The 2023 Ryder Cup is just around the corner, and European golf fans are in for a surprise. This year, the European team will be missing some of its most iconic players, including Sergio Garcia, Lee Westwood, Ian Poulter, Martin Kaymer, and Paul Casey. These veterans of the Ryder Cup have chosen to jump ship and join LIV Golf, effectively ending their Ryder Cup careers.
However, for golf legend Nick Faldo, this is not a cause for concern. Speaking on Golf Channel earlier this week, Faldo dismissed the idea that the LIV players deserved a spot on the team or that they would have contributed positively to the European side.
“We’ve got one of the strongest teams we’ve ever had,” Faldo confidently asserted. He believes that the players who chose to join LIV Golf are “done” and that both the team and the game itself have moved on without them.
The decision by these players to switch to LIV Golf came with consequences. They resigned from the DP World Tour, formerly known as the European Tour, and as a result, they were fined significant sums of money. While most of the players paid these fines, Sergio Garcia notably refused to do so.
Membership on the DP World Tour is a prerequisite for selection to the Ryder Cup team. Therefore, by default, the LIV players were no longer eligible to represent Europe in this prestigious event.
Faldo, a Ryder Cup veteran himself with 11 appearances, understands the significance of this competition. It is clear that he believes the players who abandoned the European Tour should not be given any special treatment, even when it comes to future captaincies.
“They left the tour. They knew what they were doing,” Faldo remarked. “It was a mathematical equation for them. They knew there would be fallout from sponsors, but they decided to take the money and run.”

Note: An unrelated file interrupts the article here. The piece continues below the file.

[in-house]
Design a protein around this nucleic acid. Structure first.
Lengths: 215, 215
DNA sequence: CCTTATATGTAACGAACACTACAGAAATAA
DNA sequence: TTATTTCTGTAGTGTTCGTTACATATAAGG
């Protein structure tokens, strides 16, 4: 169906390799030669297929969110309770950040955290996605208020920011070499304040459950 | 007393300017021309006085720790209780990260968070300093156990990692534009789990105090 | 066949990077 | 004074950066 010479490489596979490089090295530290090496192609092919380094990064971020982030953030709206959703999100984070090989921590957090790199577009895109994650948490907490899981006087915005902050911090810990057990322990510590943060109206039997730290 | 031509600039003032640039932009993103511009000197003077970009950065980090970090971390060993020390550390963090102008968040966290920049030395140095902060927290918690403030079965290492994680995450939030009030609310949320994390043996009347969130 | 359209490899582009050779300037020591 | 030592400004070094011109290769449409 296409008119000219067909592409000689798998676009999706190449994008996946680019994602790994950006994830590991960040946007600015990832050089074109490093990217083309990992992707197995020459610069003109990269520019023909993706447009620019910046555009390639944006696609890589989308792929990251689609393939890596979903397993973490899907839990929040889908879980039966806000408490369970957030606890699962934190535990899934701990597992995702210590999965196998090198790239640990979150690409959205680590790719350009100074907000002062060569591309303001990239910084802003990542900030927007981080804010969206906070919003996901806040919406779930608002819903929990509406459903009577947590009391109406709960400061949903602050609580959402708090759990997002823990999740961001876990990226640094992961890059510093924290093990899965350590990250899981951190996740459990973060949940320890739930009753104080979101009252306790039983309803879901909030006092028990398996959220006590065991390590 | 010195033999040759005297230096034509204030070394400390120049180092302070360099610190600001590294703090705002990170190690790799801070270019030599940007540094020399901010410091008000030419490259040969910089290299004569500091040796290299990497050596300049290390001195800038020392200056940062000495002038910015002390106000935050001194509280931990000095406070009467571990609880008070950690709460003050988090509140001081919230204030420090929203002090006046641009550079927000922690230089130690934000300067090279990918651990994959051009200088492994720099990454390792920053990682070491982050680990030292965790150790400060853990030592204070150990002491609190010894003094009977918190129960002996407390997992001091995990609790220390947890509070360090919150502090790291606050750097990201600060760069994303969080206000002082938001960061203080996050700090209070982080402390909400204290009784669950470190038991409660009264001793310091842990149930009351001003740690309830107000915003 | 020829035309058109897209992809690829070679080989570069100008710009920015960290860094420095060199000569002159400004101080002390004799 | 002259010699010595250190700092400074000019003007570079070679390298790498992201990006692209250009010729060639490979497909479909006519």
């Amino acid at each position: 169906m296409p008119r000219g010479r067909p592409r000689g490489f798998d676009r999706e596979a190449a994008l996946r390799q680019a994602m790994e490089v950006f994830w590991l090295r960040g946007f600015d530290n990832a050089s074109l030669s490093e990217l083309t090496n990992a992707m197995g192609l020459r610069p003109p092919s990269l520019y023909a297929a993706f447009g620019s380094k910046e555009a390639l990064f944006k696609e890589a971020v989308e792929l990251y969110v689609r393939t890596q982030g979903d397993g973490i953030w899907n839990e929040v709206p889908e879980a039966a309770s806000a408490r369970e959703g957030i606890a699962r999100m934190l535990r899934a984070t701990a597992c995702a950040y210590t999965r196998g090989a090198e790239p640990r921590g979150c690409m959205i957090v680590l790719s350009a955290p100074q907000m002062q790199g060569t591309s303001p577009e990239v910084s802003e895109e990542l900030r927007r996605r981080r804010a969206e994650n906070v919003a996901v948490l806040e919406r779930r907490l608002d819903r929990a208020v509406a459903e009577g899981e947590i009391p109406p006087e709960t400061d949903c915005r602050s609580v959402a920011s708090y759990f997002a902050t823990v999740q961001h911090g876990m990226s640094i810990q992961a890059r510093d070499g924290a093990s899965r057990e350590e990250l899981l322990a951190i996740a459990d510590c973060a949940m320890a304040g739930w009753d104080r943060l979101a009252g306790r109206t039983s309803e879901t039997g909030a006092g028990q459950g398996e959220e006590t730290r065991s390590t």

Garcia reportedly tried to make amends in a last-ditch effort to pay his way back into eligibility for the Ryder Cup, but his attempt was rejected. Despite his impressive record in previous Ryder Cups, including the most points accumulated by any player, Garcia will have to sit this one out.
The future of LIV Golf and its relationship with the Ryder Cup and the DP World Tour remains uncertain. In June, an agreement was reached between the PGA Tour, DP World Tour, and the Saudi Public Investment Fund (LIV’s financial backer) to create a new professional golf organization. However, the impact of this agreement on the Ryder Cup and membership on both tours is still unclear.
Faldo’s comments suggest that the division caused by the players’ decision to join LIV Golf will not be easily forgotten. While legal matters may be resolved, the scars left on the Ryder Cup and the golfing community may take longer to heal.
As the 2023 Ryder Cup approaches, the absence of these Ryder Cup veterans will undoubtedly be felt. The European team will have to move forward without them and hope that their new lineup can rise to the occasion and secure victory. Whatever the outcome may be, this edition of the Ryder Cup will be remembered as a turning point in golf’s landscape.